Decree on Peace (1917)

The Decree on Peace was one of the first promises or policies of the Bolshevik government after the October Revolution. It was read by Vladimir Lenin to the Second Congress of Soviets on October 26th, the day after the Bolsheviks had seized power in Petrograd:

“The workers’ and peasants’ government… calls upon all the belligerent peoples and their government to start immediate negotiations for a just, democratic peace.

By a just or democratic peace, for which the overwhelming majority of the working class and other working people of all the belligerent countries, exhausted, tormented and racked by the war are craving… the government means an immediate peace without annexations – that is, without the seizure of foreign lands, without the forcible incorporation of foreign nations and without indemnities.

The government of Russia proposes that this kind of peace be immediately concluded by all the belligerent nations and expresses its readiness to take all the resolute measures now, without the least delay…

The government considers it the greatest of crimes against humanity to continue this war over the issue of how to divide among the strong and rich nations the weak nationalities they have conquered, and solemnly announces its determination immediately to sign terms of peace to stop this war on the terms indicated…

At the same time, the government declares that it does not regard the above-mentioned peace terms as an ultimatum. In other words, it is prepared to consider any other peace terms and insists only that they be advanced by any of the belligerent countries as speedily as possible, and that in the peace proposals, there should be absolute clarity and the complete absence of all ambiguity and secrecy.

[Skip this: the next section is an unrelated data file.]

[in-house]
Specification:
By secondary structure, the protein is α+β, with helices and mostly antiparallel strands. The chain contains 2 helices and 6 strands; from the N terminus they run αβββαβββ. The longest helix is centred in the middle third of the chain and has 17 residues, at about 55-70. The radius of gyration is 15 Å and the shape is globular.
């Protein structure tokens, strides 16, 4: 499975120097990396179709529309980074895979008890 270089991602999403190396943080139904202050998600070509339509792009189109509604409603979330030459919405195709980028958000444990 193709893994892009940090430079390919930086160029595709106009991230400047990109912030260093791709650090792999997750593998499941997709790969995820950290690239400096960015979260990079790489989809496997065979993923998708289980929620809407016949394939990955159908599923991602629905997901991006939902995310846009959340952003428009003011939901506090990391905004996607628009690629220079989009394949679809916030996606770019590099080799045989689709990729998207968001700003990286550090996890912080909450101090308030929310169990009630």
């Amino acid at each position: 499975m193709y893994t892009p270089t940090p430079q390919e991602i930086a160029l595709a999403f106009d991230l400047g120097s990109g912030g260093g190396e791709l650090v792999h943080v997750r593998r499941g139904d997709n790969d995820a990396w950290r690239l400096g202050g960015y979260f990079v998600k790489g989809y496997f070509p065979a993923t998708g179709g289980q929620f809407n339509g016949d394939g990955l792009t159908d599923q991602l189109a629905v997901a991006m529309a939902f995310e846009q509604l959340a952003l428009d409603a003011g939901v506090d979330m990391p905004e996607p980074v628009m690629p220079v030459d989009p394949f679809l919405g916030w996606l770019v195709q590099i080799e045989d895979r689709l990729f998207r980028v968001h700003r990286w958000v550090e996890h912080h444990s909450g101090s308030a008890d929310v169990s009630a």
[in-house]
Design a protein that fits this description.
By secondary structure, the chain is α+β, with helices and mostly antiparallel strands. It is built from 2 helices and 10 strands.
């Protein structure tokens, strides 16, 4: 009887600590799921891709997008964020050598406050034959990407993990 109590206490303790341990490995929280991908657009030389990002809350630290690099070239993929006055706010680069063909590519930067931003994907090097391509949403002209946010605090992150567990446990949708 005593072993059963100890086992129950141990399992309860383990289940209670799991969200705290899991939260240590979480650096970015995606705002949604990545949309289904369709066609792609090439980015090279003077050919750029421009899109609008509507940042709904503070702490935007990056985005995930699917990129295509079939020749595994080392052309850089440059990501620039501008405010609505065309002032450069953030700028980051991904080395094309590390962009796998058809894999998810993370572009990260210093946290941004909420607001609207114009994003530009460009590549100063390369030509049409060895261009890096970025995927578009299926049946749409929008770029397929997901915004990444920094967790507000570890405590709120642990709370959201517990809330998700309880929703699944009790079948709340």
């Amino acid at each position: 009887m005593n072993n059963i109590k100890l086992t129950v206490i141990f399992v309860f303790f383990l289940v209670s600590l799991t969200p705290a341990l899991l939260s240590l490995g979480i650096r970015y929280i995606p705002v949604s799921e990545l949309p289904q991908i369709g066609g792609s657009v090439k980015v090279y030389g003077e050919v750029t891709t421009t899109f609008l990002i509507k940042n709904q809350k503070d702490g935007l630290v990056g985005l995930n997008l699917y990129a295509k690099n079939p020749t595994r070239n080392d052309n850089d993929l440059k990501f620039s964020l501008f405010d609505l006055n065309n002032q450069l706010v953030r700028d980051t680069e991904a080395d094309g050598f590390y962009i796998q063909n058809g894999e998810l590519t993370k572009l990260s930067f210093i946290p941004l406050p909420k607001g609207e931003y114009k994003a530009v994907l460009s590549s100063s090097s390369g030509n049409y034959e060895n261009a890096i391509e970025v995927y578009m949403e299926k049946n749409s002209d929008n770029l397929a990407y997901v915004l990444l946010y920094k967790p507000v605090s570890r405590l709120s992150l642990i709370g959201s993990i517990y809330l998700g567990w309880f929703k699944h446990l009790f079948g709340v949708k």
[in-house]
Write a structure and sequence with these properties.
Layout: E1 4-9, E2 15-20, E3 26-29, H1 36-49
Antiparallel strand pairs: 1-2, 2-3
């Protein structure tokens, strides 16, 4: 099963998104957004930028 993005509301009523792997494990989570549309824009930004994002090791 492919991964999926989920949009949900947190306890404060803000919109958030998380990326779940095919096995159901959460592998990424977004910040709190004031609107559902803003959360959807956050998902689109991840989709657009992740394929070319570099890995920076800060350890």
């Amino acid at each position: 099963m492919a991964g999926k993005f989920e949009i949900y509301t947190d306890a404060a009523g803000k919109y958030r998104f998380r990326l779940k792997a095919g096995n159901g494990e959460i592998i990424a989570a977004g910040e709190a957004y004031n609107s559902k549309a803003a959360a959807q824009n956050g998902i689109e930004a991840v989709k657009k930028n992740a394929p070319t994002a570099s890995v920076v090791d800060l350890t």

The government abolishes secret diplomacy, and, for its part, announces its firm intention to conduct all negotiations quite openly in full view of the whole people. It will proceed immediately with the full publication of the secret treaties endorsed or concluded by the government of land-owners and capitalists…

The government proposes an immediate armistice to the governments and people of all the belligerent countries and, for its part, considers it desirable that this armistice should be concluded for a period of not less than three months…

While addressing this proposal for peace to the governments and peoples of all the belligerent countries, the Provisional Workers’ and Peasants’ Government of Russia appeals in particular also to the class-conscious workers of the three most advanced nations of mankind and the largest states participating in the present way, namely, Great Britain, France, and Germany.

The workers of these countries have made the greatest contributions to the cause of progress and socialism… these workers, by comprehensive, determined, and supremely vigorous action, will help us to conclude peace successfully, and at the same time emancipate the labouring and exploited masses of our population from all forms of slavery and all forms of exploitation…

The workers’ movement will triumph and will pave the way to peace and socialism.”